Nirvinna, Nirviṇṇa, Nirviṇṇā: 10 definitions



Nirvinna means something in Buddhism, Pali, Hinduism, Sanskrit, Marathi. If you want to know the exact meaning, history, etymology or English translation of this term then check out the descriptions on this page. Add your comment or reference to a book if you want to contribute to this summary article.

In Buddhism

Tibetan Buddhism (Vajrayana or tantric Buddhism)

Source: Wisdom Library: Tibetan Buddhism

Nirviṇṇā (निर्विण्णा) refers to one of the female Śrāvakas mentioned as attending the teachings in the 6th century Mañjuśrīmūlakalpa: one of the largest Kriyā Tantras devoted to Mañjuśrī (the Bodhisattva of wisdom) representing an encyclopedia of knowledge primarily concerned with ritualistic elements in Buddhism. The teachings in this text originate from Mañjuśrī and were taught to and by Buddha Śākyamuni in the presence of a large audience (including Nirviṇṇā).

Tibetan Buddhism book cover
context information

Tibetan Buddhism includes schools such as Nyingma, Kadampa, Kagyu and Gelug. Their primary canon of literature is divided in two broad categories: The Kangyur, which consists of Buddha’s words, and the Tengyur, which includes commentaries from various sources. Esotericism and tantra techniques (vajrayāna) are collected indepently.

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Languages of India and abroad

Marathi-English dictionary

Source: DDSA: The Molesworth Marathi and English Dictionary

nirviṇṇa (निर्विण्ण).—p S Wearied, tired. 2 fig. Wearied with, disgusted with, loathing, nauseating.

Source: DDSA: The Aryabhusan school dictionary, Marathi-English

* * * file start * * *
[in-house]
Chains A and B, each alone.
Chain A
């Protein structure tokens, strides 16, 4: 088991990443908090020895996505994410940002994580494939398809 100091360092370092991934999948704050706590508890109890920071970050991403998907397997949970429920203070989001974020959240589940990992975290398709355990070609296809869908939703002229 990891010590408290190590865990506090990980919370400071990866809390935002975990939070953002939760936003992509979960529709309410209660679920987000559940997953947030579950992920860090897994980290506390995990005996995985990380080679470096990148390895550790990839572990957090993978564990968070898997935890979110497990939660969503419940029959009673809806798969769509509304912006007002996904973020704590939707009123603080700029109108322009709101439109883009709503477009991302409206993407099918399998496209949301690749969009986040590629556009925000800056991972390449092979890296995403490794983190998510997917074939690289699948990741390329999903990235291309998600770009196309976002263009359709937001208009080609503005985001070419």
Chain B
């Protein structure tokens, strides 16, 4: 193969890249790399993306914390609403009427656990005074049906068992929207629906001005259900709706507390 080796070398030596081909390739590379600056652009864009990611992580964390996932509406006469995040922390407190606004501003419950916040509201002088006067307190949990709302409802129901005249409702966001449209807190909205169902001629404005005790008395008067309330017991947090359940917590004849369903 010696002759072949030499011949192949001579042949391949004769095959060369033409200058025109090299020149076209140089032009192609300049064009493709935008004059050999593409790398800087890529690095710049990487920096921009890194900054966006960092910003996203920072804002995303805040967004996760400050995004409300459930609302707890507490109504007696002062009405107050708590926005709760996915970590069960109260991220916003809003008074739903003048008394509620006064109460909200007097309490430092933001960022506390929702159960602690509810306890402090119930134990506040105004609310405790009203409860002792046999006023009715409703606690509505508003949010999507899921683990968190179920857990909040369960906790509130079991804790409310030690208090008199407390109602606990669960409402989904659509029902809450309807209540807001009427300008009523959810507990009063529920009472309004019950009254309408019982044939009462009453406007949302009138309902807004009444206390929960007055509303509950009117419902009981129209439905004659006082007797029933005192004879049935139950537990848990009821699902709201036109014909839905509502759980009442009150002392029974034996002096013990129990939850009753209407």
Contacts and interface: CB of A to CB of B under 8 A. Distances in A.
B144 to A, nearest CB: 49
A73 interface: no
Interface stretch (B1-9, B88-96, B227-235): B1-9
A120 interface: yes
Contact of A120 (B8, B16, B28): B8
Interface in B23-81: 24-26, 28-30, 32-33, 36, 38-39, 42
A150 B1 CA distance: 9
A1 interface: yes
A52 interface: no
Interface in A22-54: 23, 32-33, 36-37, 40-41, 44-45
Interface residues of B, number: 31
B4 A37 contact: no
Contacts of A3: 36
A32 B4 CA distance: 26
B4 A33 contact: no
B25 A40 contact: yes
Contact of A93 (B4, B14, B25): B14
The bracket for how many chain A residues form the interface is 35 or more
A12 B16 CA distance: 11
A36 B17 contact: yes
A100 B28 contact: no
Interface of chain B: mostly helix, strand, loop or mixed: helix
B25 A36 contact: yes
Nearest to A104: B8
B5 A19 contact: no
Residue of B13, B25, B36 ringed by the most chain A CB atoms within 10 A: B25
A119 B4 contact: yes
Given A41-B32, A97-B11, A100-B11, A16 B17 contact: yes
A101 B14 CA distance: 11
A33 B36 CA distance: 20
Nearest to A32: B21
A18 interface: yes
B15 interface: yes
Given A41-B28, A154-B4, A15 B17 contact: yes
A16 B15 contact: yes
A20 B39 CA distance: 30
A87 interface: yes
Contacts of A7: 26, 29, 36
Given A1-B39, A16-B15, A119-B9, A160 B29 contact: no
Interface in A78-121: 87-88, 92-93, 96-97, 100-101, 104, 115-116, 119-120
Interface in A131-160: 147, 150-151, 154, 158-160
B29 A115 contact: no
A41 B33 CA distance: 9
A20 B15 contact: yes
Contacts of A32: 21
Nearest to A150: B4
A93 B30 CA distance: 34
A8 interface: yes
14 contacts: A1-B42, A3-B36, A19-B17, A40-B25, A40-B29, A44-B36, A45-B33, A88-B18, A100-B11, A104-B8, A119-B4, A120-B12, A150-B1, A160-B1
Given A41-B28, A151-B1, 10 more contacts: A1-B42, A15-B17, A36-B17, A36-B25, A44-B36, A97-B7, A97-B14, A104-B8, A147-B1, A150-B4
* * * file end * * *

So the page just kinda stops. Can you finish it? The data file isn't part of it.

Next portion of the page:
nirviṇṇa (निर्विण्ण).—p Wearied. Disgusted with.

context information

Marathi is an Indo-European language having over 70 million native speakers people in (predominantly) Maharashtra India. Marathi, like many other Indo-Aryan languages, evolved from early forms of Prakrit, which itself is a subset of Sanskrit, one of the most ancient languages of the world.

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Sanskrit dictionary

Source: DDSA: The practical Sanskrit-English dictionary

Nirviṇṇa (निर्विण्ण).—p. p.

1) Despondent, depressed; निर्विण्णः शुचमेति (nirviṇṇaḥ śucameti) Mk.1.14.

2) Overcome with fear or sorrow.

3) Emaciated with grief.

4) Abused, degraded.

5) Disgusted with anything; मत्स्याशनस्य निर्विण्णः (matsyāśanasya nirviṇṇaḥ) Pt.1.

6) Impaired, decayed.

7) Humble, modest.

8) Known, certain.

Source: Cologne Digital Sanskrit Dictionaries: Shabda-Sagara Sanskrit-English Dictionary

Nirviṇṇa (निर्विण्ण).—mfn.

(-ṇṇaḥ-ṇṇā-ṇṇaṃ) 1. Desponding, overcome with fear or sorrow. 2. Humble. 3. Abused, degraded. 4. Fallen away, emaciate with grief. 5. Decayed, impaired. 6. Certain. 7. Disgusted with anything. E. nir private, vid to know, affix kta.

Source: Cologne Digital Sanskrit Dictionaries: Cappeller Sanskrit-English Dictionary

Nirviṇṇa (निर्विण्ण).—[adjective] despondent, depressed; disgusted with, weary of ([ablative], [genetive], [locative], or —°); anirviṇacetas [adjective] having an undesponding heart, constant.

Source: Cologne Digital Sanskrit Dictionaries: Monier-Williams Sanskrit-English Dictionary

1) Nirviṇṇa (निर्विण्ण):—[=nir-viṇṇa] [from nir-vid] mfn. (wrongly -vinna; cf. [Pāṇini 8-4, 29], [vArttika] 1, [Patañjali]) despondent, depressed, sorrowful, afraid, loathing, disgusted with ([ablative] [instrumental case] [genitive case] [locative case] or [compound]), [Mahābhārata; Kathāsaritsāgara]

2) [v.s. ...] [Purāṇa]etc.

3) [v.s. ...] abused, degraded, humble, [Horace H. Wilson]

4) [v.s. ...] known, certain, [ib.]

Source: Cologne Digital Sanskrit Dictionaries: Yates Sanskrit-English Dictionary

Nirviṇṇa (निर्विण्ण):—[nir-viṇṇa] (ṇṇaḥ-ṇṇā-ṇṇaṃ) a. Desponding, overcome with fear; humble.

Source: DDSA: Paia-sadda-mahannavo; a comprehensive Prakrit Hindi dictionary (S)

Nirviṇṇa (निर्विण्ण) in the Sanskrit language is related to the Prakrit word: Ṇivviṇṇa.

[Sanskrit to German]

Nirvinna in German

context information

Sanskrit, also spelled संस्कृतम् (saṃskṛtam), is an ancient language of India commonly seen as the grandmother of the Indo-European language family (even English!). Closely allied with Prakrit and Pali, Sanskrit is more exhaustive in both grammar and terms and has the most extensive collection of literature in the world, greatly surpassing its sister-languages Greek and Latin.

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